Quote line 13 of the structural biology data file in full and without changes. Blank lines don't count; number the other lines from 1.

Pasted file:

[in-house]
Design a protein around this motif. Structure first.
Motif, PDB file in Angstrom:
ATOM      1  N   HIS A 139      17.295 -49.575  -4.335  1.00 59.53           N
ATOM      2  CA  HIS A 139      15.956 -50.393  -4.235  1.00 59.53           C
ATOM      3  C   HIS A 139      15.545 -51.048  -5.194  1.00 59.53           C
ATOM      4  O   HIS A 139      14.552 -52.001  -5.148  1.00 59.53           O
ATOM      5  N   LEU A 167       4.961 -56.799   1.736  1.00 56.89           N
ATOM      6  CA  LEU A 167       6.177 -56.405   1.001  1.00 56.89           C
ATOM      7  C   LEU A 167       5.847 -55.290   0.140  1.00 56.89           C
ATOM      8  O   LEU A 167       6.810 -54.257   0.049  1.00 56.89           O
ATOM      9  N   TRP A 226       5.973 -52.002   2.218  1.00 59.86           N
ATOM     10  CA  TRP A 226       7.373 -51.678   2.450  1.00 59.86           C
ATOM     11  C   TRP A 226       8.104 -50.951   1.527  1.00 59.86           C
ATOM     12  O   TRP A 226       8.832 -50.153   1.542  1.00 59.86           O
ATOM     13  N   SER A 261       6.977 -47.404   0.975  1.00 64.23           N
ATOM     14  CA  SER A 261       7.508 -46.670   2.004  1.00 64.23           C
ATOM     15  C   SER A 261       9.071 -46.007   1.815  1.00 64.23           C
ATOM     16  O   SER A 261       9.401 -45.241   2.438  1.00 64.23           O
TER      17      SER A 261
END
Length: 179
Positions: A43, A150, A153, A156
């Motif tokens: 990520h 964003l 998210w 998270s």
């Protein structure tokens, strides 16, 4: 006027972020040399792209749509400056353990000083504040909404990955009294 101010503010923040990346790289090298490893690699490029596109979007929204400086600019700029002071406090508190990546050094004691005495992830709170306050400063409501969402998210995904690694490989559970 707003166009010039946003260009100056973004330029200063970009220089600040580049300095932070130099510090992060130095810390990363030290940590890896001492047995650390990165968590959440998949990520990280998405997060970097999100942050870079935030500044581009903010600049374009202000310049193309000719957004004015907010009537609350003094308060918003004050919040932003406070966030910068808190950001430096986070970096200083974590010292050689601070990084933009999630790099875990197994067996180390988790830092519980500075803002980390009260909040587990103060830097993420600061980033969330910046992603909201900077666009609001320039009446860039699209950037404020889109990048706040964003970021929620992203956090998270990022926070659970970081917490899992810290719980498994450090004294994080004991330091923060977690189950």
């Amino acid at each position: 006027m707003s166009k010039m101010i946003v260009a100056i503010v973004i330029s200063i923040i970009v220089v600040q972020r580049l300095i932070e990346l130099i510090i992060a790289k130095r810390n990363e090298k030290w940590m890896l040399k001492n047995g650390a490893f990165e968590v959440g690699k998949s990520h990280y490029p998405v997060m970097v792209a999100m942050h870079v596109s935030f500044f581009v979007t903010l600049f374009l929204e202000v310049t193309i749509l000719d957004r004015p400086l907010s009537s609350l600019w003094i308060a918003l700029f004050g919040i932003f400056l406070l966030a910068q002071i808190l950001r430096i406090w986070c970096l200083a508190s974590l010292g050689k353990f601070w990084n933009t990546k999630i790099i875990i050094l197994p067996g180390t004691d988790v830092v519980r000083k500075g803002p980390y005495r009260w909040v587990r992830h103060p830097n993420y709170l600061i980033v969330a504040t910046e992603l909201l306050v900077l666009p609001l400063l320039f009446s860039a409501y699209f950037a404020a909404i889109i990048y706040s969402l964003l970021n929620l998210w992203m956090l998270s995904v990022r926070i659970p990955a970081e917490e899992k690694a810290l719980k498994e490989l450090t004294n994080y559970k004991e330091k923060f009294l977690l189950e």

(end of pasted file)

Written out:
ATOM     10  CA  TRP A 226       7.373 -51.678   2.450  1.00 59.86           C